Brexit: Did the UK commit 'economic suicide' by exiting the EU in 2016? Find out how much it has cost the British people!

Over the years, the lessons we learn from past experiences provide us with valuable insights on how to approach the future.

One of the major events of 2016 was Brexit. This emblematic case illustrates the extent to which far-fetched initiatives led by irresponsible politicians with no long-term vision prove detrimental to a country's economy.

On June 24, 2016, many Britons were stunned to discover that their country had chosen, by a slim majority (52% to 48%), to leave the world's largest political and economic bloc: the European Union (EU). At the time, they had underestimated the threat of an EU exit, which would spell economic disaster.

What was the rationale for exiting the EU?

Pro-Brexit campaigners such as Nigel Farage, Dominic Cummings and Boris Johnson, who led the ‘Leave campaign’, portrayed Brexit as a movement led by ordinary citizens seeking to counter an out-of-touch liberal elite and a malevolent European Union (EU). Opponents of the Brexit were generally described as 'fearful' alarmists.

A variety of other factors were also raised, including sovereignty, immigration and the economy. 

During the referendum campaign, the ‘Vote Leave’ supporters pledged 6 promises that would help Britain ‘take back control’:

1) 'Stop handing over £350 million a week to Brussels';

2) 'Takeback control of our borders’: immigration was a big issue. According to Brexit proponents, once the UK regained full control of its borders, illegal immigration would be under control;

3) 'Free our businesses from damaging EU laws and regulations’. Hard Brexit included leaving the single market, as well as all the various EU agencies (e.g. EU Court of Justice) and programs;

4) 'Take back the power to make our own trade deals’ so UK would be free to establish commercial relationships with anyone;

5) 'Have better relations with our European friends’; 

6) 'Regain our influence in the wider world and become a truly global nation once again’. This particular one resonates with the previous glory of the Britannic empire.

Eight years on, have those promises been kept?

Brexit is costing the UK economy £100 billion a year ($124 billion), with effects ranging from lower business investments to a labor shortage, according to Goldman Sachs. Admittedly, it is difficult to isolate the impact of Brexit from other simultaneous economic events, such as the Covid-19 pandemic or the 2022 energy crisis.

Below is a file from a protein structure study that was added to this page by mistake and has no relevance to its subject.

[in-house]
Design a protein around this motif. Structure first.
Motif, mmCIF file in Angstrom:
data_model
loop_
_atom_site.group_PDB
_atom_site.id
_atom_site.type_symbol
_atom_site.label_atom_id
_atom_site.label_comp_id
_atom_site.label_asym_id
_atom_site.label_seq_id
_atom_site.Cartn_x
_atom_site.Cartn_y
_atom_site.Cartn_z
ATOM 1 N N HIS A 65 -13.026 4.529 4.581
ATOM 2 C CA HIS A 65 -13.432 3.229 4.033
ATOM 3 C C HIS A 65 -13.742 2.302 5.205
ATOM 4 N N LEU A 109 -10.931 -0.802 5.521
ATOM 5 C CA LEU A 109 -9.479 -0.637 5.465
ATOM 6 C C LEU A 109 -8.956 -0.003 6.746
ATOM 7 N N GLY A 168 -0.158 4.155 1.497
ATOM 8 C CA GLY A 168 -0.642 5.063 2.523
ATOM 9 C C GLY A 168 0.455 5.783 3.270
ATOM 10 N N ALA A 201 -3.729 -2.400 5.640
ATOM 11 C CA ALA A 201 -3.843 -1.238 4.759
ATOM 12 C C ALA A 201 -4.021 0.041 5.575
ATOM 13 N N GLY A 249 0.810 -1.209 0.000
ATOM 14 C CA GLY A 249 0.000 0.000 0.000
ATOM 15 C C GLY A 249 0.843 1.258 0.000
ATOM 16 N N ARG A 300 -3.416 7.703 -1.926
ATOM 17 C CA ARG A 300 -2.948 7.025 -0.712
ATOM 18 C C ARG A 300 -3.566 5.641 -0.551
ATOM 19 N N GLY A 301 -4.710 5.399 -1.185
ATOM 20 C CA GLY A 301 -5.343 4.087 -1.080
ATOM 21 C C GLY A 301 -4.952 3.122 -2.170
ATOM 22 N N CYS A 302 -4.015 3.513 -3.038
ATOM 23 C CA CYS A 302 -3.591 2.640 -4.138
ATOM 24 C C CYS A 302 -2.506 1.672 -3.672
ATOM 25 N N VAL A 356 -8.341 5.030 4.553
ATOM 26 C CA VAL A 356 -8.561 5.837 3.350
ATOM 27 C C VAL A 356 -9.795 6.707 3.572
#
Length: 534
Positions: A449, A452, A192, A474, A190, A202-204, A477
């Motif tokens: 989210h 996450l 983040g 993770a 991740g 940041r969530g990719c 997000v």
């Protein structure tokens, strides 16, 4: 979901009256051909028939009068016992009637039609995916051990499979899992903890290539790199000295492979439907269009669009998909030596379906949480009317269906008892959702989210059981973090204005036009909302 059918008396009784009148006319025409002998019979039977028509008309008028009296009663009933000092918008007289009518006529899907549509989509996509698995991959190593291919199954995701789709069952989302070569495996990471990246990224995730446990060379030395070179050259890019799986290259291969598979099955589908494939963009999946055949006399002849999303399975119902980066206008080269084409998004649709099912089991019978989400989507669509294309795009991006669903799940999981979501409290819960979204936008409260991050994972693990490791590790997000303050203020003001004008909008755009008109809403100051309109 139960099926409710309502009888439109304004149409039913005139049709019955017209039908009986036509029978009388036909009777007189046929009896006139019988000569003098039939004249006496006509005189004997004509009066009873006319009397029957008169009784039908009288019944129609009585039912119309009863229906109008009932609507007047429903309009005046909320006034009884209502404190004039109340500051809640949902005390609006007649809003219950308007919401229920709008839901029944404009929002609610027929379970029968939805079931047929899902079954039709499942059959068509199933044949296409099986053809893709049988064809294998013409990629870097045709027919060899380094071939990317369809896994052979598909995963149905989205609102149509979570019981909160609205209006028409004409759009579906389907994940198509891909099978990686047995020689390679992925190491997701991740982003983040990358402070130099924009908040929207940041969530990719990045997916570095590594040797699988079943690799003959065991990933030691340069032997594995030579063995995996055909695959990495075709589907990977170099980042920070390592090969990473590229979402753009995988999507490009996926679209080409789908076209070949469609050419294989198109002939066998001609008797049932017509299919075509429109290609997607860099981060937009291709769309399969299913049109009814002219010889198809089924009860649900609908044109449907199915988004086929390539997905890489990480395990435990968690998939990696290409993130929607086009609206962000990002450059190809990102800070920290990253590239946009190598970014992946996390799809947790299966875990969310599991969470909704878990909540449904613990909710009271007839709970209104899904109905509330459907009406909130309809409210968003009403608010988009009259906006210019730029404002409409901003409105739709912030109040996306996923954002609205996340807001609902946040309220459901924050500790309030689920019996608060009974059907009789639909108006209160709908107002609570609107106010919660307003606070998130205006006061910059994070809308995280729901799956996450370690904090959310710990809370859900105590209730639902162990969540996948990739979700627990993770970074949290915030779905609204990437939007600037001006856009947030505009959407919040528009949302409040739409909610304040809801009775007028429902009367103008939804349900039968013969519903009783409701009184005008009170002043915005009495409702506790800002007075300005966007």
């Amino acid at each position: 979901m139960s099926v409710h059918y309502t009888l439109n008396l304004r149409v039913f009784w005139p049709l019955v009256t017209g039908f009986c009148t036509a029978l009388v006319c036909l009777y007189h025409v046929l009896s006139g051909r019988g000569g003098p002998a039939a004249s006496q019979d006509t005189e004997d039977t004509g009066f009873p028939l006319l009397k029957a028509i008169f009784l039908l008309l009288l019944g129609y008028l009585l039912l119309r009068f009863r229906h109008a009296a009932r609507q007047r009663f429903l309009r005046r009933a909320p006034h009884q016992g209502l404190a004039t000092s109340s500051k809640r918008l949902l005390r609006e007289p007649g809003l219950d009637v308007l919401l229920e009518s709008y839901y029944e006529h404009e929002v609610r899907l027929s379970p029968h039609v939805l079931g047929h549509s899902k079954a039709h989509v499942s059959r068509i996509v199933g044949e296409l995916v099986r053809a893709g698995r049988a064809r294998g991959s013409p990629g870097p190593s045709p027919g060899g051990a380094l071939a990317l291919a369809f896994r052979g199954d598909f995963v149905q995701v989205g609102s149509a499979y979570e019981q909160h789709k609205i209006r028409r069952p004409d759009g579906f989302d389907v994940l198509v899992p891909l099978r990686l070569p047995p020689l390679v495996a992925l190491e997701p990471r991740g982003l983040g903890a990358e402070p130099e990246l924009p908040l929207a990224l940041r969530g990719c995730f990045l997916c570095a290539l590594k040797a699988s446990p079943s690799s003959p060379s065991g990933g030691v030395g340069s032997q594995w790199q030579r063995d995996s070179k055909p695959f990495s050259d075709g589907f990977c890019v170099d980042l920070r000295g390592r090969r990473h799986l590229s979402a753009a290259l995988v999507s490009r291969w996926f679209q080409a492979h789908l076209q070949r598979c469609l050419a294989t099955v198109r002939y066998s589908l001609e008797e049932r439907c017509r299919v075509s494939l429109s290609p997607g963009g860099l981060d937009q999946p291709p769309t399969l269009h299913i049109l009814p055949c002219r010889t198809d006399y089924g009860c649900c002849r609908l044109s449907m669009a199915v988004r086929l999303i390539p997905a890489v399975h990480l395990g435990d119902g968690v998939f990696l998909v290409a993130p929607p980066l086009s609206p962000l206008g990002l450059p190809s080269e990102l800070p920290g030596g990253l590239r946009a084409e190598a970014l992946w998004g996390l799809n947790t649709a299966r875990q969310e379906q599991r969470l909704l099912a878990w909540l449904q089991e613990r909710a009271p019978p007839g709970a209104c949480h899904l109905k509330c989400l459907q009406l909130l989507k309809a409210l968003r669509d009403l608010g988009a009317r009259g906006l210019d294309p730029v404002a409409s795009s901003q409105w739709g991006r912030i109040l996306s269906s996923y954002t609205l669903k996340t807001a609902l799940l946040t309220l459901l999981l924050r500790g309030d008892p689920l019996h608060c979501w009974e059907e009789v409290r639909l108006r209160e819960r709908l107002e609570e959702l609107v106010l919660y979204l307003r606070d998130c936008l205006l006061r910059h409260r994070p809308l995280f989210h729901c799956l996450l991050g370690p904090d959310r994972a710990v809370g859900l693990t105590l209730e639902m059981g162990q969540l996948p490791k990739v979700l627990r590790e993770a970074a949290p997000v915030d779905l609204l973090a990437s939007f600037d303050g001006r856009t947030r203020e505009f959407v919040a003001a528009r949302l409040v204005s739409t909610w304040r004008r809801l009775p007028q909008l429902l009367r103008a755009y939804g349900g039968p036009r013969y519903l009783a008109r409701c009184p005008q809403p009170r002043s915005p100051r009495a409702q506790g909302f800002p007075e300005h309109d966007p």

Since the 2016 referendum, Britain has ‘performed significantly worse’ than other advanced economies, says Goldman Sachs. Over the past 8 years, Britain's economic output has lagged that of comparable countries by 5%.

This underperformance is attributed to 3 key factors: reduced international trade; falling business investments; and labor shortages due to declining EU immigration.

Reduced international trade

This is because Brexit has led to the re-establishment of trade barriers with Europe, disrupted supply chains and affected access to service markets, with a major impact on businesses. The implications of trade changes following the EU exit far outweigh the £350 million savings each week on the UK membership fees to Brussels.

Thus, to mitigate the costs of Brexit, the UK needs to strike new trade deals with non-EU countries. However, estimates suggest that the benefit is likely to be small.

For example, the British government estimates that its free trade agreement with Australia will boost U.K. GDP by 0.08% per year, while the economic impact of a new trade deal with Switzerland is unclear.

Meanwhile, timetables for potential new trade agreements with major partners such as the U.S. and India have yet to be announced.

Falling business Investments

When it comes to attracting new investments, the UK has still a long way to go before it catches up with its major peers. At present, new investments account for around 9% of GDP, which is below the Group of Seven average of 13%.

Labor shortages due to lower EU immigration